IT has taken a while to achieve the goal, but better late than never.
In was in December 2016 that the Senate Standing Committee on the National Health Services suggested that the sale of loose cigarettes be banned to bolster the state’s efforts to reduce the incidence of tobacco addiction in society.
While that suggestion could not be implemented then, on Tuesday, the federal cabinet took the laudable decision to impose such a ban.
The logic is sound, as many other countries have already demonstrated in the West, and in the region (such as Iran and Nepal).
The availability of loose cigarettes has particularly given children, who do not have enough money to buy a pack of cigarettes, ready access to poison.
Banning their sale thus protects this significant section of the population.
WHO’s Framework Convention on Tobacco Control also recommends this move.
Pakistan has already outlawed the sale of cigarettes to minors (though implementation has been patchy) and 10-cigarette packets.
Smoking is prohibited in all public places.
Even so, last year the Network for Consumer Protection released a report that showed that cigarette-manufacturing companies target children as young as six by placing advertisements and products in shops around educational institutions.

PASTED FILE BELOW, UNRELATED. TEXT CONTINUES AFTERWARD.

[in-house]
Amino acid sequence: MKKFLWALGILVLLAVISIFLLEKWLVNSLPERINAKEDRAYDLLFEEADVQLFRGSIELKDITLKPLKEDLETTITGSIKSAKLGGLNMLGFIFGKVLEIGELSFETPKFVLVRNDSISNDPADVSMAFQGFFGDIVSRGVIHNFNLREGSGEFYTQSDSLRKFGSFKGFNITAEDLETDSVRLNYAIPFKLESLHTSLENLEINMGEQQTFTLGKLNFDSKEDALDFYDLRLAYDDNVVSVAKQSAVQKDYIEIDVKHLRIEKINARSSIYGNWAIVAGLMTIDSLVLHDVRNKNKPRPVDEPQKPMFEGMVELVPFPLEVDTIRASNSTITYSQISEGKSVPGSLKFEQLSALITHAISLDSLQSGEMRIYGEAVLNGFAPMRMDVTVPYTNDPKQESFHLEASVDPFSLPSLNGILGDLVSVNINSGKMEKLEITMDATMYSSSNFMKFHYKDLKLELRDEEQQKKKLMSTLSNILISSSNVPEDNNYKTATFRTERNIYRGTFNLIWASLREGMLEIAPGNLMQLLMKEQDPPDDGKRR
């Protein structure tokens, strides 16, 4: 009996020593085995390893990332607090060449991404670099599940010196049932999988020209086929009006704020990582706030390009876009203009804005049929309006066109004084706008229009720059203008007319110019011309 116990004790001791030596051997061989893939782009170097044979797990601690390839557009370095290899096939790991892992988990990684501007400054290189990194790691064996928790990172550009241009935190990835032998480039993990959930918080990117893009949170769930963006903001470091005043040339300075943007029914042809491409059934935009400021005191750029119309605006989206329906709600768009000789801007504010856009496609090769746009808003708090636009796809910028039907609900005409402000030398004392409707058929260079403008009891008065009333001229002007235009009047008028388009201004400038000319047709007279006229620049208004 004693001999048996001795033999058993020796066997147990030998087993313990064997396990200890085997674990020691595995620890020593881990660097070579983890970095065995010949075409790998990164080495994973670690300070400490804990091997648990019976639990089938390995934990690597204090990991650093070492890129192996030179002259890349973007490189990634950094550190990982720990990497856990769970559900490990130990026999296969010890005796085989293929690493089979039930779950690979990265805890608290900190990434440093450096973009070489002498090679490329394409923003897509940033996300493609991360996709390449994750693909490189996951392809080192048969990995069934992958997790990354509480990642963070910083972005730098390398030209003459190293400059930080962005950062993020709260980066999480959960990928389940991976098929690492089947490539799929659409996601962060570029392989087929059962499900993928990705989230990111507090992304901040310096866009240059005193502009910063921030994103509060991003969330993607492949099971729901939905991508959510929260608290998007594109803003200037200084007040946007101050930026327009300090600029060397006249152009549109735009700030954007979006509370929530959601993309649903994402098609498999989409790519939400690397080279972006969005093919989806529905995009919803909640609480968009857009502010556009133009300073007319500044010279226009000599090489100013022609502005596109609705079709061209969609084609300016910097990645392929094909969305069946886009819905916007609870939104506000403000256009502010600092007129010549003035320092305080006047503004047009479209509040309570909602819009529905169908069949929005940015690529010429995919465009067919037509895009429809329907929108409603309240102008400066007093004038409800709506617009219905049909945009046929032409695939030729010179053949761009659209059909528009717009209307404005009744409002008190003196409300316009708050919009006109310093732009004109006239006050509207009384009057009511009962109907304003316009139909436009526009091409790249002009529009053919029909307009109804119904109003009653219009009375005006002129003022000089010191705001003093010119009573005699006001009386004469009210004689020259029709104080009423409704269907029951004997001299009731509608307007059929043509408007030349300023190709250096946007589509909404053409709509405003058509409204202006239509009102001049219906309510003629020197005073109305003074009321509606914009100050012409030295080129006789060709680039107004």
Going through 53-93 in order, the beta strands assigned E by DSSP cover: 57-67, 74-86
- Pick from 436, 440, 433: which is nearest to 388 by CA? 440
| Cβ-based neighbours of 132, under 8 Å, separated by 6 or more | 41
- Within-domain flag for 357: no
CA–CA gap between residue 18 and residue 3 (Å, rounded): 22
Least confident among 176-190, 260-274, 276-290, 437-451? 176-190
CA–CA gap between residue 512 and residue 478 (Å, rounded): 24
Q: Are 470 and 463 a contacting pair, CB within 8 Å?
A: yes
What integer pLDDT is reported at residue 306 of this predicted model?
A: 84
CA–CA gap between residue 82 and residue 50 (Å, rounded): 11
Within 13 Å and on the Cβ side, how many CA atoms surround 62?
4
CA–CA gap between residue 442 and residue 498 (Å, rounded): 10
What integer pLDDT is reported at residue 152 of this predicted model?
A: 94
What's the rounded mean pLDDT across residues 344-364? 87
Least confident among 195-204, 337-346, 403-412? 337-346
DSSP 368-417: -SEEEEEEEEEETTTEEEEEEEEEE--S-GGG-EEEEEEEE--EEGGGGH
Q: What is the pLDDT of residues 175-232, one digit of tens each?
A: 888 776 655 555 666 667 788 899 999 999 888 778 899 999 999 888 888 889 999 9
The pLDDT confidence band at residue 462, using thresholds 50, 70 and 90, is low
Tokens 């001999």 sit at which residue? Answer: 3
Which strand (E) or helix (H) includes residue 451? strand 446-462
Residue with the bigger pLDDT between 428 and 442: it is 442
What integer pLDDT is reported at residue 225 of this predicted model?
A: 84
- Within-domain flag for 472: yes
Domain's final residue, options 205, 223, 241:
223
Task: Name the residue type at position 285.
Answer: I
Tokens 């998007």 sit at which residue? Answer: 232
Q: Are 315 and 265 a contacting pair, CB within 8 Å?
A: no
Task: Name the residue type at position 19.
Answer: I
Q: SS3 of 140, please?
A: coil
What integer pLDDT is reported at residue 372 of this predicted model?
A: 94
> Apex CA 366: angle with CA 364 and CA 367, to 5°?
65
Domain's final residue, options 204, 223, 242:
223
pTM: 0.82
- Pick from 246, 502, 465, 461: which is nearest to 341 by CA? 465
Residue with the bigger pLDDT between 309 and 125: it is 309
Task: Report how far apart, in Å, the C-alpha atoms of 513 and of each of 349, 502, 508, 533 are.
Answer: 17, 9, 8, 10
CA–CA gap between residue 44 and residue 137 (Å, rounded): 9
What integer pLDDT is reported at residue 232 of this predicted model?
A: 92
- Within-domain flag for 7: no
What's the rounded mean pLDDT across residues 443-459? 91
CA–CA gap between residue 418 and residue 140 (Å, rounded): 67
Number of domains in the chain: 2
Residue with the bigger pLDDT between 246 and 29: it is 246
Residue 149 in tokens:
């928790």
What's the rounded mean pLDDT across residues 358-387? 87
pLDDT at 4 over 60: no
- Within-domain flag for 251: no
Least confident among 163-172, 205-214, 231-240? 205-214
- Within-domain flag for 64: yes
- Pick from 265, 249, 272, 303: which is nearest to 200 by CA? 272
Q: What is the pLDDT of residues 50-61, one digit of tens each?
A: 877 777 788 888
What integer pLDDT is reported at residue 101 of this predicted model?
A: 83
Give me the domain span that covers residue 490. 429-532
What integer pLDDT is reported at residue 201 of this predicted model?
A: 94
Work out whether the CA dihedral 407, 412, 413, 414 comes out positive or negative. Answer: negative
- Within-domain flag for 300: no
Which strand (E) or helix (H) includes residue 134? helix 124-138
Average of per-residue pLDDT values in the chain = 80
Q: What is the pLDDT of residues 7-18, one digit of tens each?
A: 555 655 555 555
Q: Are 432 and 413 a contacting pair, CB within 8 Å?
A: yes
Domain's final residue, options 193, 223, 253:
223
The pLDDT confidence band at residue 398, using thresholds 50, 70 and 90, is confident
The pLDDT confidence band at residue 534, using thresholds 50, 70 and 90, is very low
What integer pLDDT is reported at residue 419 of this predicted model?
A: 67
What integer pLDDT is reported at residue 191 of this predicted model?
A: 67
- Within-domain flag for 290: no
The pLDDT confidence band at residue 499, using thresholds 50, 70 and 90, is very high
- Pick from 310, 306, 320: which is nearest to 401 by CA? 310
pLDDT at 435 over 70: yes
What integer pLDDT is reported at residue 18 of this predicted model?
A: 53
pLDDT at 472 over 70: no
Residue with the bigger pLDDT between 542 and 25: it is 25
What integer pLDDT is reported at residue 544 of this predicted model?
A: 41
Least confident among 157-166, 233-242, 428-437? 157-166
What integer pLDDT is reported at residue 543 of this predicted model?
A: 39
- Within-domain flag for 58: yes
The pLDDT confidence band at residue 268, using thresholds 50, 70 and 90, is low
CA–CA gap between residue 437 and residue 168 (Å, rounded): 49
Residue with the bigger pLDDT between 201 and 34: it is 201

The health ministry says that as soon as the cabinet’s decision is received in writing, a statutory regulatory order will be issued to enforce the new ban across the country.
The way will then be paved to impose fines on violators and send them to jail.
While this is an appreciable move in the country’s anti-smoking efforts, what is also needed as a bolstering mechanism is a wide-scale and sustained awareness-raising campaign with an emphatic focus on the dangers of tobacco use.
True, cigarette packets by law carry warning labels.
But arguably, many of those who read these are already addicted to the scourge.
As the West has demonstrated, resistance also has to be stoked within society, stripping away decades — even centuries — of lies that smoking is acceptable and non-injurious to health.
Published in Dawn, March 9th, 2018